28 November 2014

Dubious Documents: The Case of the Covered Ass

 
T
he Modoc War is a relatively obscure event in United States history. Boiled down to its essence—In 1864 the Indian department chose to assign the Modocs to live on Klamath Reservation, ignoring such complicating factors as the long and strained relationship between the two groups and Modoc economic ties to adjacent communities. In 1867 a place was prepared for them at Yainax station (on Klamath Reservation), probably because it was a common meeting-place for an annual gathering of various tribes to exchange slaves and other goods), and some of them went. Many Modocs refused. Some of the leaders, like Captain Jack, had signed the treaty agreeing to go to the reservation; others had not. All were considered to be bound by the treaty. Years went by while bureaucratic wheels turned slowly, but at last it was decided to use troops to force the refusenik Modocs onto Klamath Reservation. The attempt failed; the Modocs took refuge in nearby lava country, and after a long stand-off were dislodged, rounded up, and sent to Indian Territory (later called Oklahoma).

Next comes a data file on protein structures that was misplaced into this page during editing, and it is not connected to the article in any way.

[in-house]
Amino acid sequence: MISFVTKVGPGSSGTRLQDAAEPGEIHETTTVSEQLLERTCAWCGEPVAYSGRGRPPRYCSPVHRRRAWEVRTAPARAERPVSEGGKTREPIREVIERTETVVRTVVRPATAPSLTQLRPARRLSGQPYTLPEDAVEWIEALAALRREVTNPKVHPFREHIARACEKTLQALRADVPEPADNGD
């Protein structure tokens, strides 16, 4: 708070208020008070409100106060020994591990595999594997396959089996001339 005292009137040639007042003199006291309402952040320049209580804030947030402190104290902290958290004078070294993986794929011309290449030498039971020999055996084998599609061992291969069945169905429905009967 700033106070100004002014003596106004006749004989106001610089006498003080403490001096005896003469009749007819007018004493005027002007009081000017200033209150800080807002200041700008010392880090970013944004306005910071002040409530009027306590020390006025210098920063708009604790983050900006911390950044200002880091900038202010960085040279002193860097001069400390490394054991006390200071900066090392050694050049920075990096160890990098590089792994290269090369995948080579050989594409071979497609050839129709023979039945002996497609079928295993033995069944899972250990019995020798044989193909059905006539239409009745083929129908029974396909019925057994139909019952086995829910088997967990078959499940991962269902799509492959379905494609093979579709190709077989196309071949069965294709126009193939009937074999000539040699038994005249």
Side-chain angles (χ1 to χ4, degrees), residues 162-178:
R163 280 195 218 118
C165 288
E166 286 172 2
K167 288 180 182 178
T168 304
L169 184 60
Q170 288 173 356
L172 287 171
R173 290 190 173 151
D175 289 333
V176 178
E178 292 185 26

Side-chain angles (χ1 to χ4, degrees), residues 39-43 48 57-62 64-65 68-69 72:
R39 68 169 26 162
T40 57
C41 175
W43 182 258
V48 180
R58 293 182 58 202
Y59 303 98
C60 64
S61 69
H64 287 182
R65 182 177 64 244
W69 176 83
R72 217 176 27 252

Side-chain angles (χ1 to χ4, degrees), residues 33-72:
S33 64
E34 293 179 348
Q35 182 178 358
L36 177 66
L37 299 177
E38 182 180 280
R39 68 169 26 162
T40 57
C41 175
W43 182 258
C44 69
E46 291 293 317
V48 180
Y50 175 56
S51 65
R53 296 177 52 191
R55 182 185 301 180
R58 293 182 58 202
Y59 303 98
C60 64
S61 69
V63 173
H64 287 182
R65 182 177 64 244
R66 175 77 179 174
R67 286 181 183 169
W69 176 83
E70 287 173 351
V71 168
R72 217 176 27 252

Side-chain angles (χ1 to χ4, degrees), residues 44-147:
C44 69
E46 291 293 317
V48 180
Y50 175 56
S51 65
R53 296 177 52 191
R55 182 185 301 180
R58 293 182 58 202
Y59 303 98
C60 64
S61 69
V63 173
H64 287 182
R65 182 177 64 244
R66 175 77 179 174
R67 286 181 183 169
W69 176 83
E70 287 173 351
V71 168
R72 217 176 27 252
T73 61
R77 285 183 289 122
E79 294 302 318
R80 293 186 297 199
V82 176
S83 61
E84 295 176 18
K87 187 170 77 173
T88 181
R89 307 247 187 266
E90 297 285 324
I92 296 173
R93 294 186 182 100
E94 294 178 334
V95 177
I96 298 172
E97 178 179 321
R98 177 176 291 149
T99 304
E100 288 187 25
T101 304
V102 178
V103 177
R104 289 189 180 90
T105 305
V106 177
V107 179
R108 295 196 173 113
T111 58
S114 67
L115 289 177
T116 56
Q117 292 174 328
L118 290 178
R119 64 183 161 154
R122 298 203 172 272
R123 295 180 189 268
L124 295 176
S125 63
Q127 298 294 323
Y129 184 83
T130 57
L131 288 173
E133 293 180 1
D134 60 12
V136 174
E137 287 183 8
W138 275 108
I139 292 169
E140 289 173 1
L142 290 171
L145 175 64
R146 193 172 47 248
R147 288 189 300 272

At the tipping point, right before the war started, it was felt necessary to make one more attempt to get the separatist Modocs to go onto Klamath Reservation voluntarily. The man in charge of this operation was Thomas Benton Odeneal, then Superintendent of Indian Affairs in Oregon. A long-time newspaper man (he had been editor of the Corvallis Gazette and would go on to edit the Portland Bulletin), he had ended up with the appointment through some unfathomable twist of politics. With a domestic crisis at home (his small daughter would soon die from an unknown disease), and armed with an unshakable belief in the childlike qualities of Native Americans, he nonetheless set out to make an attempt to keep the peace in southern Oregon.